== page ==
False Fruits on Genuine Meissen, History of the Onion Pattern.

Special Exhibition 1 Feb-31 Dec 2018

 

The Onion Pattern is almost as old as European porcelain itself and keeps on coming back into fashion. What makes this design so special? Why has it never ceased captivating us since its inception? Is it the vibrantly crisp blue gleaming out towards us against its white surface?

The exhibition looks into the matter by addressing the history of, and stories surrounding, the Onion Pattern. As well as being a big seller for long periods, the pattern has also been much discussed by art historians through the ages. It is exciting tracking down the few clues as to when it first appeared and what it may have been based upon.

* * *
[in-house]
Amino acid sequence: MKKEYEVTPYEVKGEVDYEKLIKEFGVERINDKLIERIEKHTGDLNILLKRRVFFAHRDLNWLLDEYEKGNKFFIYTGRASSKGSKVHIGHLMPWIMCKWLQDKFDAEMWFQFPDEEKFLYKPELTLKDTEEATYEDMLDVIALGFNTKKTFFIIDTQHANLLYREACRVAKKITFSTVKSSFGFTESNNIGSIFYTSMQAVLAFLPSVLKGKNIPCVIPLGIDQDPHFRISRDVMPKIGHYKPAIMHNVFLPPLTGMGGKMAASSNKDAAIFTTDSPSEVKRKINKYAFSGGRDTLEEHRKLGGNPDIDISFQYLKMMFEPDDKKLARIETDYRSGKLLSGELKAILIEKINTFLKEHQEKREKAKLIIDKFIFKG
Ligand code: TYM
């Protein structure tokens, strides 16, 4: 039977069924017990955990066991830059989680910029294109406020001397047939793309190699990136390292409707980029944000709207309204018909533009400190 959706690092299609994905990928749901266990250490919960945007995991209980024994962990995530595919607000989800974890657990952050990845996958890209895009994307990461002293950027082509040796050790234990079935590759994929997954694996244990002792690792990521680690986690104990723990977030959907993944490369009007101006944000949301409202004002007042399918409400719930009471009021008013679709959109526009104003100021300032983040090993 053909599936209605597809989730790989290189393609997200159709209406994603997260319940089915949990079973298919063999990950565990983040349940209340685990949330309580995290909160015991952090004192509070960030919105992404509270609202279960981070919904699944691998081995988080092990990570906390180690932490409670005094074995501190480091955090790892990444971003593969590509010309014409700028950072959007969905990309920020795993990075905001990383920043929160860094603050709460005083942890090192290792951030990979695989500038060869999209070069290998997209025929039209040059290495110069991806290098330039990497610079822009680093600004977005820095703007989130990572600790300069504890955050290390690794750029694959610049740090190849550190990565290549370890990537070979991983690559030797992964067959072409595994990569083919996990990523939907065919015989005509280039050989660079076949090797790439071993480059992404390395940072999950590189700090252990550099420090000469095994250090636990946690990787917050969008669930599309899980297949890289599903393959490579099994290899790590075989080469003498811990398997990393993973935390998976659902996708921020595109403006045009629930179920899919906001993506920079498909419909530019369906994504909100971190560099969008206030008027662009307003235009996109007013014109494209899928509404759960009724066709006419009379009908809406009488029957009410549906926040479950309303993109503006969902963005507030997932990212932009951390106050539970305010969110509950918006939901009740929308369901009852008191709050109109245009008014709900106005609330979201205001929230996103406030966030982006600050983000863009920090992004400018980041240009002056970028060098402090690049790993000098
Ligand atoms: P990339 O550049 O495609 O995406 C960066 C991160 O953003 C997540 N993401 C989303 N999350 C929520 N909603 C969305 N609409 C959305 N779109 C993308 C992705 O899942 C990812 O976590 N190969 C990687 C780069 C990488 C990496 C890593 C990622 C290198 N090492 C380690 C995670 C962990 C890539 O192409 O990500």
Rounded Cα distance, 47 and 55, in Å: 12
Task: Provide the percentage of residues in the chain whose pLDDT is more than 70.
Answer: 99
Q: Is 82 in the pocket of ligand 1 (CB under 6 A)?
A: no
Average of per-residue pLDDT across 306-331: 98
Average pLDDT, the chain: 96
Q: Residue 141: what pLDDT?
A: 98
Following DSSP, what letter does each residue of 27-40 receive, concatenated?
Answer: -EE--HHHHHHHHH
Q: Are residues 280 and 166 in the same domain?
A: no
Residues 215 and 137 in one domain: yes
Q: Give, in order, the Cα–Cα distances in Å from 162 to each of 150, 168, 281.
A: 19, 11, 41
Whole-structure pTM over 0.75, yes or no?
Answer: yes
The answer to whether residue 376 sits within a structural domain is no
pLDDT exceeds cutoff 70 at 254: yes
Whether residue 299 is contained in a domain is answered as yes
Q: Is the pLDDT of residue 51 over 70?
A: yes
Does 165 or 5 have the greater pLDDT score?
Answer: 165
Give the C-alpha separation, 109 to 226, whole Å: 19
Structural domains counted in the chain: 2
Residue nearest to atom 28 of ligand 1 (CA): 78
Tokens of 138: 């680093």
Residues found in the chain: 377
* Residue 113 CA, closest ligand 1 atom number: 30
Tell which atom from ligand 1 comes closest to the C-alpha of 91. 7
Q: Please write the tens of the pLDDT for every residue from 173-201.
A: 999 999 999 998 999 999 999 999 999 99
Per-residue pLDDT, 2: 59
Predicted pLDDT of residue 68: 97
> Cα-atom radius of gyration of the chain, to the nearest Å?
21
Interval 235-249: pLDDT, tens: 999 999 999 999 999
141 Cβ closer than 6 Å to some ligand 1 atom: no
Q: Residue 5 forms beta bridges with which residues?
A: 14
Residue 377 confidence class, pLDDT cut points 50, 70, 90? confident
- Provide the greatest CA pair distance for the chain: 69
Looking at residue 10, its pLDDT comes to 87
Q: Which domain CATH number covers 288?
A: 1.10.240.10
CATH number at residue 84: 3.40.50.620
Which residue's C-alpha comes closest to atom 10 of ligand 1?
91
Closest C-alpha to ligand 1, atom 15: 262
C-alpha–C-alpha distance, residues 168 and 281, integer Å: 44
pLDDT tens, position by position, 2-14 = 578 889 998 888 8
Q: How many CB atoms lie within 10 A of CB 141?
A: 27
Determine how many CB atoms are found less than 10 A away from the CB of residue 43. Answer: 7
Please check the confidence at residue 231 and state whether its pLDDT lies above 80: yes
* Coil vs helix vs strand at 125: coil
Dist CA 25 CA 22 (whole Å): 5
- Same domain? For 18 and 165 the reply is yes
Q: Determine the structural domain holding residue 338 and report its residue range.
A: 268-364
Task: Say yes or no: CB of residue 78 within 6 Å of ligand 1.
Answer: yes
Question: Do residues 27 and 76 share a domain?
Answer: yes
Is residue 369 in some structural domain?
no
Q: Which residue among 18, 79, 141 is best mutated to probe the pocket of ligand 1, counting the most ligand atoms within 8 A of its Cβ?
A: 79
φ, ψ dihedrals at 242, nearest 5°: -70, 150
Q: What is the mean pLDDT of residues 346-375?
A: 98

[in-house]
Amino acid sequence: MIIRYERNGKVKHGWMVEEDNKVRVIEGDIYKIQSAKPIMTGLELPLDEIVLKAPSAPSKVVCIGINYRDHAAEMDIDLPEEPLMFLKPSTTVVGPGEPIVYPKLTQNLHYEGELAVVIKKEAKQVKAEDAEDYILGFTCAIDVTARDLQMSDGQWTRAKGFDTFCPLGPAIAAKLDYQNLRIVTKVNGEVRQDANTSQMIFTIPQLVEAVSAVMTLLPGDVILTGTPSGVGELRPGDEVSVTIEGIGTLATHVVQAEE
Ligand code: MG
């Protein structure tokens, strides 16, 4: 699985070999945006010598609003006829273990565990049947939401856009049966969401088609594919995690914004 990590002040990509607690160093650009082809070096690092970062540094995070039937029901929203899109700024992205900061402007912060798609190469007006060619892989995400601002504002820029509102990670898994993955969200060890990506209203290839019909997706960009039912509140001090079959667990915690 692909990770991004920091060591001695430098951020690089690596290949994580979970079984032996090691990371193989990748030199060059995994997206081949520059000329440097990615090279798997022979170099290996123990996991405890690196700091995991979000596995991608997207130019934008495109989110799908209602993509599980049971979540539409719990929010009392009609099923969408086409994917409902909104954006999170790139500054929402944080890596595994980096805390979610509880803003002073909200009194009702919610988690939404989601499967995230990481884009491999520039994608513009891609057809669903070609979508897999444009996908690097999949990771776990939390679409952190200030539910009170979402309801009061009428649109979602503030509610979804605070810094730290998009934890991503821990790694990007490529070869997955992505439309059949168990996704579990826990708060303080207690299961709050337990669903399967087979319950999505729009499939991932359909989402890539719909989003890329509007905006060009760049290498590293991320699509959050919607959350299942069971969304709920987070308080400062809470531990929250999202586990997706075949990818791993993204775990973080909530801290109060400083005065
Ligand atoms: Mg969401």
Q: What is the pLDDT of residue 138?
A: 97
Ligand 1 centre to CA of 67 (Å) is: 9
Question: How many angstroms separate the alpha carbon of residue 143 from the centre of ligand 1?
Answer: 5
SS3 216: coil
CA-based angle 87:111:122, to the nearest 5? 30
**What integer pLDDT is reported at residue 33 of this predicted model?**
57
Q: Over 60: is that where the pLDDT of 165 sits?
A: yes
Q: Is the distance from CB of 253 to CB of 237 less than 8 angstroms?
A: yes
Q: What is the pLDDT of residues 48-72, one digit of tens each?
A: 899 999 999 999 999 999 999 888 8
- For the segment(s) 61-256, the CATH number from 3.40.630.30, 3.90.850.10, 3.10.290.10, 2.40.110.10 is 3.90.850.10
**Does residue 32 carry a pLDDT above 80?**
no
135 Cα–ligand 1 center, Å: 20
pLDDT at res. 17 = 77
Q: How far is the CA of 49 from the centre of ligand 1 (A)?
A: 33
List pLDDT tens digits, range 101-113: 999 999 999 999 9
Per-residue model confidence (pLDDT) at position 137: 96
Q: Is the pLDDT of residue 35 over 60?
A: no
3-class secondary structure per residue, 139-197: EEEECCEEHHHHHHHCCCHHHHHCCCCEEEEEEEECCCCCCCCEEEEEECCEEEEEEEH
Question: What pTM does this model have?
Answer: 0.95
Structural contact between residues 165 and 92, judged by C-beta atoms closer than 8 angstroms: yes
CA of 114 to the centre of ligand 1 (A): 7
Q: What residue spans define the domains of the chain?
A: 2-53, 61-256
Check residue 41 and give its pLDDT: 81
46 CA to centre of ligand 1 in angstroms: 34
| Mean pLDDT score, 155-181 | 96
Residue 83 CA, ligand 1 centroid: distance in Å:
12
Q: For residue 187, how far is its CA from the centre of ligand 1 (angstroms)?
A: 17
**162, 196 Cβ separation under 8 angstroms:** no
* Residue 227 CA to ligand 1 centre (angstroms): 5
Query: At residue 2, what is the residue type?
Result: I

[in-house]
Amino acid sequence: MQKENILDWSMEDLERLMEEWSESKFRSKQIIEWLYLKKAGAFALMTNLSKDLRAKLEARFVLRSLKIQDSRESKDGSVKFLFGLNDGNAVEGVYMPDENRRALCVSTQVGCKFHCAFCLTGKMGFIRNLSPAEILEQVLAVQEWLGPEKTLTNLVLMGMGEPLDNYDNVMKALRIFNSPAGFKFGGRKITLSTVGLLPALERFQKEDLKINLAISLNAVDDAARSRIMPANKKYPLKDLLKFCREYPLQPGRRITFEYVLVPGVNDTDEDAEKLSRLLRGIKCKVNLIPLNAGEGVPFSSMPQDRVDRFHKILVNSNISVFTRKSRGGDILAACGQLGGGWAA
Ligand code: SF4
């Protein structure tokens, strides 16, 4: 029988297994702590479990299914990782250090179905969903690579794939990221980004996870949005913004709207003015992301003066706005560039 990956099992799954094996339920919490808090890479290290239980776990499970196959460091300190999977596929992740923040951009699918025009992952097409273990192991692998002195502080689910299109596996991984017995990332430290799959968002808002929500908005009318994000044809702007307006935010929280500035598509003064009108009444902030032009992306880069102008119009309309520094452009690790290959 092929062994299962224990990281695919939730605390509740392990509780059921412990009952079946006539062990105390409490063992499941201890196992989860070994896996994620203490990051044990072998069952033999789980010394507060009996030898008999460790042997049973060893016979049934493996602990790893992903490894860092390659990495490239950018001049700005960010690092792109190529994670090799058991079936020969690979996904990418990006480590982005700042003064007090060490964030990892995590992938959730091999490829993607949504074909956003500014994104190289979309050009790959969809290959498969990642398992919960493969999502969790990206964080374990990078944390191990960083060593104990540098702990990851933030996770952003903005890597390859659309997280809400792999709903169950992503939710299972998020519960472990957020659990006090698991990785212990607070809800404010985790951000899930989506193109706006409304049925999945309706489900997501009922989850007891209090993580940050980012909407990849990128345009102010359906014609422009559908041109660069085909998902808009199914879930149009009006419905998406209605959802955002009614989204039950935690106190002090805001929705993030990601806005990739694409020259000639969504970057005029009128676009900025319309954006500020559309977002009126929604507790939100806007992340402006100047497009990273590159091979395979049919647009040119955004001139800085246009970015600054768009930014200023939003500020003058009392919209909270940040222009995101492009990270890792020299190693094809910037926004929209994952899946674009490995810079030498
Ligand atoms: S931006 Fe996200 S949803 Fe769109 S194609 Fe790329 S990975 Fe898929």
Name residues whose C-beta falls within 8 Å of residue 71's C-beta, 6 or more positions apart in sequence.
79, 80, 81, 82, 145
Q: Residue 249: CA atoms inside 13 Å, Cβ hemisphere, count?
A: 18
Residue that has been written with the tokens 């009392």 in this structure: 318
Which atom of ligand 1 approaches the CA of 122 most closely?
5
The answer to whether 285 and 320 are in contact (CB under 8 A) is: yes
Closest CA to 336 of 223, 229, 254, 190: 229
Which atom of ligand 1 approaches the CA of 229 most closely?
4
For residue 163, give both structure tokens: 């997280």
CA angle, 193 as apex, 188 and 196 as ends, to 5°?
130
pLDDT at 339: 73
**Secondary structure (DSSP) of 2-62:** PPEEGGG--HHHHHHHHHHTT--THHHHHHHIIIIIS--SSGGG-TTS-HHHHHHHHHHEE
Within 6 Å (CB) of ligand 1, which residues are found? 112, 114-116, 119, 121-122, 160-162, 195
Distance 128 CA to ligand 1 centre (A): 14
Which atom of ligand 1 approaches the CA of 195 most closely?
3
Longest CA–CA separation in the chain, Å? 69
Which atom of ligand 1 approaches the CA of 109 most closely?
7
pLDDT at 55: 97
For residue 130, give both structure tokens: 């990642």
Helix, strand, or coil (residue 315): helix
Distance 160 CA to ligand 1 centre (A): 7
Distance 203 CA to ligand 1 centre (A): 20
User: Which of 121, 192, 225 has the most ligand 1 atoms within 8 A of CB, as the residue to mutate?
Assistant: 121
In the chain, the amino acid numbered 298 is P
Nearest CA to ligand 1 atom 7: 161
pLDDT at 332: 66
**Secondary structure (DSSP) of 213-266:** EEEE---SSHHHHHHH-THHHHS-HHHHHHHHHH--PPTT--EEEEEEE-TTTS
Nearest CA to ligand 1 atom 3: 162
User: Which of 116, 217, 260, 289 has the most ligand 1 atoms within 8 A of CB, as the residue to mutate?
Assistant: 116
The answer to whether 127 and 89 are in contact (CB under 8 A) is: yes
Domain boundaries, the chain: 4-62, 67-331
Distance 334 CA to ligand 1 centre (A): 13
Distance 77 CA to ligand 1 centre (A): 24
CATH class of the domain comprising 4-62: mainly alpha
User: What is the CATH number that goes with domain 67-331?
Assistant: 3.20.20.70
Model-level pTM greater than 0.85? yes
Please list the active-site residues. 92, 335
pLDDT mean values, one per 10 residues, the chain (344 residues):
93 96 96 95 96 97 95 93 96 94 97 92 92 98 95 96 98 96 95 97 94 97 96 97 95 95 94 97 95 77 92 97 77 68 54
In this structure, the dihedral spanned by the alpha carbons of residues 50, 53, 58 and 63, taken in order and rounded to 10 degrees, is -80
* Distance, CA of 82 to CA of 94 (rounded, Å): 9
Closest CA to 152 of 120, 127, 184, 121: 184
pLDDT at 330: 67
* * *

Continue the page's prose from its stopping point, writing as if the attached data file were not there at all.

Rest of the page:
On display are premium loan items from both private and public collections that are being presented to the public for the first time. These are interspersed with rare porcelains of our own to make this exhibition truly unique. Early variants of Meissen Onion Pattern from between 1730-1735 join Chinese porcelains and faiences with onion-pattern decoration from the same period. Together with later 18th-century Onion Pattern porcelains from Meissen, they offer exciting new insights into the pattern’s genesis.

Its success in the 19th century spawned further blue-and-white designs. Imitations and forgeries from the 18th century onwards likewise belong to the history of the Onion Pattern, however. The pattern has remained part of the Manufactory range right up to the present day. Given that it is contantly being re-interpreted, its history is far from having been completely told.

Round your visit off by touring the Demonstration Workshops at the Porcelain Manufactory and you will have had a truly unforgettable experience with us.